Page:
§312.11   References.

Link to an amendment published at 79 FR 60090, Oct. 6, 2014.

The following industry standards may be used to comply with the requirements set forth in §§312.23 through 312.31:

(a) The procedures of ASTM International Standard E1527-05 entitled “Standard Practice for Environmental Site Assessments: Phase I Environmental Site Assessment Process.”

(b) The procedures of ASTM International Standard E2247-08 entitled “Standard Practice for Environmental Site Assessments: Phase I Environmental Site Assessment Process for Forestland or Rural Property.” This standard is available from ASTM International at http://www.astm.org, 1-610-832-9585.

(c) The procedures of ASTM International Standard E1527-13 entitled “Standard Practice for Environmental Site Assessments: Phase I Environmental Site Assessment Process.” This standard is available from ASTM International at www.astm.org, 1-610-832-9585.

[70 FR 66107, Nov. 1, 2005, as amended at 73 FR 78655, Dec. 23, 2008; 78 FR 79324, Dec. 30, 2013]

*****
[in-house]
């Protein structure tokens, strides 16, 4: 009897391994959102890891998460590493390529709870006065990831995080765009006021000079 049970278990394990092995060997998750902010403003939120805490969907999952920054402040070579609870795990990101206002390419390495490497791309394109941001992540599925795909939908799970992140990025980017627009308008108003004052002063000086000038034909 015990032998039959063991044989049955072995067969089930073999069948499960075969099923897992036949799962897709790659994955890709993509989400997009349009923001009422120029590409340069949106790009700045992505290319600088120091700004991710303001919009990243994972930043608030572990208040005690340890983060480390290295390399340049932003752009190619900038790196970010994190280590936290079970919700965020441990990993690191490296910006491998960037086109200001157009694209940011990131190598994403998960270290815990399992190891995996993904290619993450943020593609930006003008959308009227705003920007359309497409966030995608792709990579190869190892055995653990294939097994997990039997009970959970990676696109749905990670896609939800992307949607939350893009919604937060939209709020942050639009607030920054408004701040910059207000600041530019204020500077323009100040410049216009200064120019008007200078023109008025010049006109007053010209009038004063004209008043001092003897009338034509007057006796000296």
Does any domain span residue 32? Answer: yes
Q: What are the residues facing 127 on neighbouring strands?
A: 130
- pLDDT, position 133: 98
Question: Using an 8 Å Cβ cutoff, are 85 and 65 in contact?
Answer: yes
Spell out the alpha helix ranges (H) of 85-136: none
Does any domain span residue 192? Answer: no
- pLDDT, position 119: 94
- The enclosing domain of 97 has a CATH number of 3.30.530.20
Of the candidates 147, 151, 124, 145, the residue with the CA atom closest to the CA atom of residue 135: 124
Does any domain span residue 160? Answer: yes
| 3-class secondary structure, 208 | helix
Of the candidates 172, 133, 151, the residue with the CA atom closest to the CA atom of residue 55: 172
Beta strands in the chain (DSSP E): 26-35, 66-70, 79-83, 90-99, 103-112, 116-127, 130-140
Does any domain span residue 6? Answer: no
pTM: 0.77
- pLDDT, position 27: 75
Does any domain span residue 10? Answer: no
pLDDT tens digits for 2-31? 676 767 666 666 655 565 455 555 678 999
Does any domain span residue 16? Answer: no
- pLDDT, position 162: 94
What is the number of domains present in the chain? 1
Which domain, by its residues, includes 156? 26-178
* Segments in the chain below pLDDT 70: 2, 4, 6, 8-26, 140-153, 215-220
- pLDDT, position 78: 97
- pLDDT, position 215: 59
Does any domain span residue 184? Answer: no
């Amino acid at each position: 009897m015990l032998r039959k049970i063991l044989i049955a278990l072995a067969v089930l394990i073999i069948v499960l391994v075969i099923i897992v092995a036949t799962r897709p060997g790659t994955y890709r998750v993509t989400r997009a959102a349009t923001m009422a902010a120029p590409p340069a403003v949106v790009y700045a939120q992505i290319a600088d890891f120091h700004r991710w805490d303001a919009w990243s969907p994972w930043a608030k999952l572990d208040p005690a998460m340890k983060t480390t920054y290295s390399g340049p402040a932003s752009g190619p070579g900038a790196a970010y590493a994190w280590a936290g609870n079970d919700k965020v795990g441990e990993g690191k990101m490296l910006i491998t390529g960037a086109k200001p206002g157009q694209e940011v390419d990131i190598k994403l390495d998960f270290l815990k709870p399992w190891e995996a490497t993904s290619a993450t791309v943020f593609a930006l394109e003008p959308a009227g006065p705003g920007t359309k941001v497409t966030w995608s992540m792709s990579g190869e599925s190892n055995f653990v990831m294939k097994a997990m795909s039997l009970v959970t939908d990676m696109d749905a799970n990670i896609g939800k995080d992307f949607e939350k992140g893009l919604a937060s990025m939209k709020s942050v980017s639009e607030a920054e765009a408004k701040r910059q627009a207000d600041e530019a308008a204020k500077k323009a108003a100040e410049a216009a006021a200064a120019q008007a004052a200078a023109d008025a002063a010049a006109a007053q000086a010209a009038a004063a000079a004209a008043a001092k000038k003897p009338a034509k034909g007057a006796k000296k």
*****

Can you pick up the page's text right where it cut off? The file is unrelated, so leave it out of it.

Subpart C—Standards and Practices

§312.20   All appropriate inquiries.

(a) “All appropriate inquiries” pursuant to CERCLA section 101(35)(B) must be conducted within one year prior to the date of acquisition of the subject property and must include:

(1) An inquiry by an environmental professional (as defined in §312.10), as provided in §312.21;

(2) The collection of information pursuant to §312.22 by persons identified under §312.1(b); and

(3) Searches for recorded environmental cleanup liens, as required in §312.25.

(b) Notwithstanding paragraph (a) of this section, the following components of the all appropriate inquiries must be conducted or updated within 180 days of and prior to the date of acquisition of the subject property: